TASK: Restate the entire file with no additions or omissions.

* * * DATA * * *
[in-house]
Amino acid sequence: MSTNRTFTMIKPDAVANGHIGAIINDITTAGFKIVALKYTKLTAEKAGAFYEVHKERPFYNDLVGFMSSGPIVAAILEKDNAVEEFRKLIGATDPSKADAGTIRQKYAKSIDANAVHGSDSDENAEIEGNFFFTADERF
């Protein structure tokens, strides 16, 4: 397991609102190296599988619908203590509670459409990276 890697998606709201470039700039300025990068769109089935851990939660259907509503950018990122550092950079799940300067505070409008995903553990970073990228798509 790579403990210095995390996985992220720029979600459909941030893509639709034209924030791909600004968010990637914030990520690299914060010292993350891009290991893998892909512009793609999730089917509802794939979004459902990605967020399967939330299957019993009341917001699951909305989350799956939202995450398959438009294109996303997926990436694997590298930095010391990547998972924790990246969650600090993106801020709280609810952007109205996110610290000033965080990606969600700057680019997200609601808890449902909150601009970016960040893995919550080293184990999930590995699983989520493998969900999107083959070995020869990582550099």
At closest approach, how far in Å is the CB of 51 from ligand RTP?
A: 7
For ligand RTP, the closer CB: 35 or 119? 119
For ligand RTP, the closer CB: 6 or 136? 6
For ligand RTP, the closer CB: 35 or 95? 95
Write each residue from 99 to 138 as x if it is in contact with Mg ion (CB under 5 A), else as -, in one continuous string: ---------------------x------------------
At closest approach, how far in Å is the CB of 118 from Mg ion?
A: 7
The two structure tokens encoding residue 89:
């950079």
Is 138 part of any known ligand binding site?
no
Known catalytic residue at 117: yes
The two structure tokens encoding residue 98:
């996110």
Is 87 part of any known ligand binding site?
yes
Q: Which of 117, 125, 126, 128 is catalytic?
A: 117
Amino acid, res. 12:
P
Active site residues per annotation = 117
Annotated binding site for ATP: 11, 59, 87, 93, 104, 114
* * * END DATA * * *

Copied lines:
[in-house]
Amino acid sequence: MSTNRTFTMIKPDAVANGHIGAIINDITTAGFKIVALKYTKLTAEKAGAFYEVHKERPFYNDLVGFMSSGPIVAAILEKDNAVEEFRKLIGATDPSKADAGTIRQKYAKSIDANAVHGSDSDENAEIEGNFFFTADERF
């Protein structure tokens, strides 16, 4: 397991609102190296599988619908203590509670459409990276 890697998606709201470039700039300025990068769109089935851990939660259907509503950018990122550092950079799940300067505070409008995903553990970073990228798509 790579403990210095995390996985992220720029979600459909941030893509639709034209924030791909600004968010990637914030990520690299914060010292993350891009290991893998892909512009793609999730089917509802794939979004459902990605967020399967939330299957019993009341917001699951909305989350799956939202995450398959438009294109996303997926990436694997590298930095010391990547998972924790990246969650600090993106801020709280609810952007109205996110610290000033965080990606969600700057680019997200609601808890449902909150601009970016960040893995919550080293184990999930590995699983989520493998969900999107083959070995020869990582550099």
At closest approach, how far in Å is the CB of 51 from ligand RTP?
A: 7
For ligand RTP, the closer CB: 35 or 119? 119
For ligand RTP, the closer CB: 6 or 136? 6
For ligand RTP, the closer CB: 35 or 95? 95
Write each residue from 99 to 138 as x if it is in contact with Mg ion (CB under 5 A), else as -, in one continuous string: ---------------------x------------------
At closest approach, how far in Å is the CB of 118 from Mg ion?
A: 7
The two structure tokens encoding residue 89:
């950079």
Is 138 part of any known ligand binding site?
no
Known catalytic residue at 117: yes
The two structure tokens encoding residue 98:
């996110």
Is 87 part of any known ligand binding site?
yes
Q: Which of 117, 125, 126, 128 is catalytic?
A: 117
Amino acid, res. 12:
P
Active site residues per annotation = 117
Annotated binding site for ATP: 11, 59, 87, 93, 104, 114